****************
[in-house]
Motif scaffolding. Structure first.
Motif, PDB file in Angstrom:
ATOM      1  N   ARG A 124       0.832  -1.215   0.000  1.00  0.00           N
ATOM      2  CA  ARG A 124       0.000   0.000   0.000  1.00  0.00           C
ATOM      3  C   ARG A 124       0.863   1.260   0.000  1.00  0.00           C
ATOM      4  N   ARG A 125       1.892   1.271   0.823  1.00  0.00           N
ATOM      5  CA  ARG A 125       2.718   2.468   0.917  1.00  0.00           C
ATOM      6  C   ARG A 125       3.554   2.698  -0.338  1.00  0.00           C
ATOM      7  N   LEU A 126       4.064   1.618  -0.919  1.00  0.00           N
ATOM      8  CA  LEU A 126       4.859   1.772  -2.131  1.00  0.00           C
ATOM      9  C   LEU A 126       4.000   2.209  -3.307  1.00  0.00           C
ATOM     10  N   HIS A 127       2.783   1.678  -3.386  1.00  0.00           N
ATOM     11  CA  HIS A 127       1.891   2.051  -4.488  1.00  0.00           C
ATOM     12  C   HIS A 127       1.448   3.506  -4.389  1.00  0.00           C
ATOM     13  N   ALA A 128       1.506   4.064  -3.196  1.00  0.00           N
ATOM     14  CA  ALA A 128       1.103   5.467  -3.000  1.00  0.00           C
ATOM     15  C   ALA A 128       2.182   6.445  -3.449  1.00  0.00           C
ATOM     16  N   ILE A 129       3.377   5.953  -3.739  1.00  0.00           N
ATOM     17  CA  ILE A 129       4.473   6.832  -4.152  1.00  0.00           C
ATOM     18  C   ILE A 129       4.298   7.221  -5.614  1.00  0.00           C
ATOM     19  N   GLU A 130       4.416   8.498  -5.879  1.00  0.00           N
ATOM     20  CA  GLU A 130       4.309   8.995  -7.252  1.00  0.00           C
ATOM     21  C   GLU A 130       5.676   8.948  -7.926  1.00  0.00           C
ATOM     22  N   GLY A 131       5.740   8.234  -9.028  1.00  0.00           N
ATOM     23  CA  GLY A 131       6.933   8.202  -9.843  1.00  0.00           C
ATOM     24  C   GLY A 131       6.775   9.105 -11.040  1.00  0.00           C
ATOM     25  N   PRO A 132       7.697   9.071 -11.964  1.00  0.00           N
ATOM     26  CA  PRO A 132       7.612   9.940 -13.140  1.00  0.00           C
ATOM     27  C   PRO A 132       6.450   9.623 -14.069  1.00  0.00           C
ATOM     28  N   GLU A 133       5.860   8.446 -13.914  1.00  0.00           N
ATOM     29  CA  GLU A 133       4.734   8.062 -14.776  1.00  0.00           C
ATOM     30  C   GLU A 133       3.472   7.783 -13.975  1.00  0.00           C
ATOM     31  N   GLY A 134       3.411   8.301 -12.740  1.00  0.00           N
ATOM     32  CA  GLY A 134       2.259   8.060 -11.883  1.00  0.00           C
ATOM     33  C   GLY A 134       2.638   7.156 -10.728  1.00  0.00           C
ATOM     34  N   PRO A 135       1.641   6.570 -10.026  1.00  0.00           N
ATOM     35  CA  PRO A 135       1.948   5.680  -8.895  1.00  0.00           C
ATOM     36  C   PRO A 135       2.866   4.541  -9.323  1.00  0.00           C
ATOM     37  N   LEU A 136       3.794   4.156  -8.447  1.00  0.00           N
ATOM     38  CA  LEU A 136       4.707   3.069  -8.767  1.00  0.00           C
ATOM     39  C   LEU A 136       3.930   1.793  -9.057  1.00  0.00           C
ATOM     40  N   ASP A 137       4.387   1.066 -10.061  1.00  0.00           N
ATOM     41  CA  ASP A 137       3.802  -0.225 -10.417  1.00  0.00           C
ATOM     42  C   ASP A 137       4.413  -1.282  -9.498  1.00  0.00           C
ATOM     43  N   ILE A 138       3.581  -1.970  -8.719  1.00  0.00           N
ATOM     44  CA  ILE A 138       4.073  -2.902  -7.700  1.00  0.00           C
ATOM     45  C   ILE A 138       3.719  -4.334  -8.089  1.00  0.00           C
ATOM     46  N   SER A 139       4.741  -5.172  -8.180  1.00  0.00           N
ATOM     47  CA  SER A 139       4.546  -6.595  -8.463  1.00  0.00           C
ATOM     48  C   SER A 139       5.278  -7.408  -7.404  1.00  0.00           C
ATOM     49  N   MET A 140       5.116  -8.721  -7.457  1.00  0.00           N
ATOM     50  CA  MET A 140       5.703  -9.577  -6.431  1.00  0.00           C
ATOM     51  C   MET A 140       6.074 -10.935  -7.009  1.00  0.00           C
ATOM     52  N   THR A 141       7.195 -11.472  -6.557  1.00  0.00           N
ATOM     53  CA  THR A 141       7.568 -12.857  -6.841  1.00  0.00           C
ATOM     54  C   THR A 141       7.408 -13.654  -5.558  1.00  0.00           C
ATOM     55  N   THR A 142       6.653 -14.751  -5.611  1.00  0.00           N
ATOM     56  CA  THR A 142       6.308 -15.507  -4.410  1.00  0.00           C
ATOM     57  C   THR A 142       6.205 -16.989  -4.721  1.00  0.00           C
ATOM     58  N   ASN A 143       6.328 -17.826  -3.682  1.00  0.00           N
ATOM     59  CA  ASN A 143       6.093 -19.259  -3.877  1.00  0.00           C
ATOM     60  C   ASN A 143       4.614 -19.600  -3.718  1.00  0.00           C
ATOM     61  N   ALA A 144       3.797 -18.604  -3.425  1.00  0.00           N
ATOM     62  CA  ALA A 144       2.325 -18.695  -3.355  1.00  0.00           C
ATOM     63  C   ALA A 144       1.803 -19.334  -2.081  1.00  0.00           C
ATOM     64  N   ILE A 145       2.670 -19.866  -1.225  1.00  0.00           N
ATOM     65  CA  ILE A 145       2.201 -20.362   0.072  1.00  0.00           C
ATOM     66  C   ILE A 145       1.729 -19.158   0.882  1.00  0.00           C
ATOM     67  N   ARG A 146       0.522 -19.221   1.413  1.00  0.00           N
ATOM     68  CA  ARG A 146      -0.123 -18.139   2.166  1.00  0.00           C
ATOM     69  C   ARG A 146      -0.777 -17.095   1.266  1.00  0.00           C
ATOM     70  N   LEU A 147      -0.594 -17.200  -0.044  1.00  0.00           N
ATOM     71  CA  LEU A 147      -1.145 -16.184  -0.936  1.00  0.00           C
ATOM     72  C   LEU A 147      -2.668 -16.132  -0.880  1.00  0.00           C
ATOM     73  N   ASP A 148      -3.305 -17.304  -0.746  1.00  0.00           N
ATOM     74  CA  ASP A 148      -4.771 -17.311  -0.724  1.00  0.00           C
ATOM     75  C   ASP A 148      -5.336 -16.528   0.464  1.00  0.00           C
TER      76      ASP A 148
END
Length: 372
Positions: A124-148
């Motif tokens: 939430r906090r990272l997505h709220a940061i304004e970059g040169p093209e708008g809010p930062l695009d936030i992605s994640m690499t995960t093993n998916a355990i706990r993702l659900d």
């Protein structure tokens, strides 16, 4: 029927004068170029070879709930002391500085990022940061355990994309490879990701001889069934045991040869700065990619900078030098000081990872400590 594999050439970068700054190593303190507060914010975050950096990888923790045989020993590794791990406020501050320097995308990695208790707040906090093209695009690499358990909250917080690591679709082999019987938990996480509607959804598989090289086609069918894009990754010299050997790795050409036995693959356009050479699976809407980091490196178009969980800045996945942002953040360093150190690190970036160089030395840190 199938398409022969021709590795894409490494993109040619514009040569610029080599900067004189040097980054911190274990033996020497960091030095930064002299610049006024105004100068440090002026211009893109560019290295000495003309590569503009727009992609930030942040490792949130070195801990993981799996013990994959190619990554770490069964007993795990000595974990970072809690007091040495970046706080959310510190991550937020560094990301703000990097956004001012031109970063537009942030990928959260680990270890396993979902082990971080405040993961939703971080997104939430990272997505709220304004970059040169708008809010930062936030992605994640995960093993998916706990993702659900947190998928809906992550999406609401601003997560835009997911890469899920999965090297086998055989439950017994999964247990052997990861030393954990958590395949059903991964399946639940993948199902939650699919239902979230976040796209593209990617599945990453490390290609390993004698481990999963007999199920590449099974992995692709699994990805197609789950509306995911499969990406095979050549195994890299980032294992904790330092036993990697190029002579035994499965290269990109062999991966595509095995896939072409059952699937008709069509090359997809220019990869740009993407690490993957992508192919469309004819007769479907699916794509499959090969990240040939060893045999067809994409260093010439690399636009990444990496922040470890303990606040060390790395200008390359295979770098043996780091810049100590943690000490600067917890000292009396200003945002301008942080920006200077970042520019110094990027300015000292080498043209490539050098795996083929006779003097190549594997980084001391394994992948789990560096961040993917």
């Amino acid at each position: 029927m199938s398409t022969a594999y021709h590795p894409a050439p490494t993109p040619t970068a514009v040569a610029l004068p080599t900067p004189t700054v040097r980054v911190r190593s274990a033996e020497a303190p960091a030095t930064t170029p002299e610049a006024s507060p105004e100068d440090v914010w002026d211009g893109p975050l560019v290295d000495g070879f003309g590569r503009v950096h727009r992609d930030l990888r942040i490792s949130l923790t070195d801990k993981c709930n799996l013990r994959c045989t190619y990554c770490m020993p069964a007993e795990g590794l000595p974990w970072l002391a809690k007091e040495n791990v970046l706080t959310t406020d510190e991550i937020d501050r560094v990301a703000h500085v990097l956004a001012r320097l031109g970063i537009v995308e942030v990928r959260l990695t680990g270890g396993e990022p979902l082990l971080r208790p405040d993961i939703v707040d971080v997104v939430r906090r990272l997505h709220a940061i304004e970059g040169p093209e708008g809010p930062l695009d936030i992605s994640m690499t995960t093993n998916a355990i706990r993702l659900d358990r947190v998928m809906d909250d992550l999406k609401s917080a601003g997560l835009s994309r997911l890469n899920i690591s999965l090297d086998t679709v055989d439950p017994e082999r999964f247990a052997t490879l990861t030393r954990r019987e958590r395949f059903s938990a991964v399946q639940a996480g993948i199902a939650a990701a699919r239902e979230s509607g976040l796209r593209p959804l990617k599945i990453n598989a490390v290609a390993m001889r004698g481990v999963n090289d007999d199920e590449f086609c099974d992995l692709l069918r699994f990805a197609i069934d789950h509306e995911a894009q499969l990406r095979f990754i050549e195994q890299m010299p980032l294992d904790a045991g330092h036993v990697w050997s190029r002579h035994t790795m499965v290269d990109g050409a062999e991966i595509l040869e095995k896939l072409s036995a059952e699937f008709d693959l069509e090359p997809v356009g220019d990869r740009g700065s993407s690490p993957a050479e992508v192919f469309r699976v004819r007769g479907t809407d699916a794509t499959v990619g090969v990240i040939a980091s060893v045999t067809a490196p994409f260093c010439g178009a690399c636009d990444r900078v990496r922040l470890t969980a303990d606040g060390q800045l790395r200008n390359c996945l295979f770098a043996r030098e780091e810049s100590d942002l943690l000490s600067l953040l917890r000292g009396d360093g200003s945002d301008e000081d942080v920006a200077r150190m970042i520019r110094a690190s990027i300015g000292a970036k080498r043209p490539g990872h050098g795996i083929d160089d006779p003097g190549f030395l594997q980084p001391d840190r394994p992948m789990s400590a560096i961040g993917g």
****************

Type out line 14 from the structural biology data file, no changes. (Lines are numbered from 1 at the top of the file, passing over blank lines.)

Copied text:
ATOM     11  CA  HIS A 127       1.891   2.051  -4.488  1.00  0.00           C